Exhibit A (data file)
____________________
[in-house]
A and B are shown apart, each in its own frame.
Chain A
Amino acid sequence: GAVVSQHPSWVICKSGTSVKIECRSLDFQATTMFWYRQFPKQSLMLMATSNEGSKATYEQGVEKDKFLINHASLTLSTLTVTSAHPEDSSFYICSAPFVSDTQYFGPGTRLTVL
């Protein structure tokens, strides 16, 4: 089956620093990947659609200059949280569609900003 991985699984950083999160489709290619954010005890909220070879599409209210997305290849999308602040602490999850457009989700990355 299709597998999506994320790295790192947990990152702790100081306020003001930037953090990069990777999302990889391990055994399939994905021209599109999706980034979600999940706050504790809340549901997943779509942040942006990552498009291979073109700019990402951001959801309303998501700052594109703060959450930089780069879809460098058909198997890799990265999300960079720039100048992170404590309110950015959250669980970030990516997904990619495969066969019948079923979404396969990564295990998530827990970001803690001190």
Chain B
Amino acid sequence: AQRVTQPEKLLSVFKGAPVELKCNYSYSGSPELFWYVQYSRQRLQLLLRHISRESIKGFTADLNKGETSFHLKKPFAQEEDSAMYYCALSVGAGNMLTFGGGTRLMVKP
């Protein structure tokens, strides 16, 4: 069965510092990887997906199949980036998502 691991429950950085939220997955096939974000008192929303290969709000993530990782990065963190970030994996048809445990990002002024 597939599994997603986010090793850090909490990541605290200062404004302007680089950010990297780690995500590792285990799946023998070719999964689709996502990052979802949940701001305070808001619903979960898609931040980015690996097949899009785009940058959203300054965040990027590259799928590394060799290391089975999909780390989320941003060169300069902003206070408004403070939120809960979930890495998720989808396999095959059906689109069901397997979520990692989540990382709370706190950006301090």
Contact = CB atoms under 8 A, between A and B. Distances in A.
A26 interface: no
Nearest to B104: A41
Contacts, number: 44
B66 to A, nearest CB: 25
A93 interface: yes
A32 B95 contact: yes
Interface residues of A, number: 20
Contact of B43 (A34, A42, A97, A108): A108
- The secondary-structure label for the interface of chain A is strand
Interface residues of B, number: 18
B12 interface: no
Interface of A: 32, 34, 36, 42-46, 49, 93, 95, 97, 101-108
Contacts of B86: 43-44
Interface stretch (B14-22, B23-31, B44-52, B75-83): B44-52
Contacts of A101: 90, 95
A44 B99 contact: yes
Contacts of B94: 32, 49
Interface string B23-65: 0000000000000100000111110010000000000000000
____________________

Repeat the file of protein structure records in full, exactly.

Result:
[in-house]
A and B are shown apart, each in its own frame.
Chain A
Amino acid sequence: GAVVSQHPSWVICKSGTSVKIECRSLDFQATTMFWYRQFPKQSLMLMATSNEGSKATYEQGVEKDKFLINHASLTLSTLTVTSAHPEDSSFYICSAPFVSDTQYFGPGTRLTVL
């Protein structure tokens, strides 16, 4: 089956620093990947659609200059949280569609900003 991985699984950083999160489709290619954010005890909220070879599409209210997305290849999308602040602490999850457009989700990355 299709597998999506994320790295790192947990990152702790100081306020003001930037953090990069990777999302990889391990055994399939994905021209599109999706980034979600999940706050504790809340549901997943779509942040942006990552498009291979073109700019990402951001959801309303998501700052594109703060959450930089780069879809460098058909198997890799990265999300960079720039100048992170404590309110950015959250669980970030990516997904990619495969066969019948079923979404396969990564295990998530827990970001803690001190």
Chain B
Amino acid sequence: AQRVTQPEKLLSVFKGAPVELKCNYSYSGSPELFWYVQYSRQRLQLLLRHISRESIKGFTADLNKGETSFHLKKPFAQEEDSAMYYCALSVGAGNMLTFGGGTRLMVKP
């Protein structure tokens, strides 16, 4: 069965510092990887997906199949980036998502 691991429950950085939220997955096939974000008192929303290969709000993530990782990065963190970030994996048809445990990002002024 597939599994997603986010090793850090909490990541605290200062404004302007680089950010990297780690995500590792285990799946023998070719999964689709996502990052979802949940701001305070808001619903979960898609931040980015690996097949899009785009940058959203300054965040990027590259799928590394060799290391089975999909780390989320941003060169300069902003206070408004403070939120809960979930890495998720989808396999095959059906689109069901397997979520990692989540990382709370706190950006301090």
Contact = CB atoms under 8 A, between A and B. Distances in A.
A26 interface: no
Nearest to B104: A41
Contacts, number: 44
B66 to A, nearest CB: 25
A93 interface: yes
A32 B95 contact: yes
Interface residues of A, number: 20
Contact of B43 (A34, A42, A97, A108): A108
- The secondary-structure label for the interface of chain A is strand
Interface residues of B, number: 18
B12 interface: no
Interface of A: 32, 34, 36, 42-46, 49, 93, 95, 97, 101-108
Contacts of B86: 43-44
Interface stretch (B14-22, B23-31, B44-52, B75-83): B44-52
Contacts of A101: 90, 95
A44 B99 contact: yes
Contacts of B94: 32, 49
Interface string B23-65: 0000000000000100000111110010000000000000000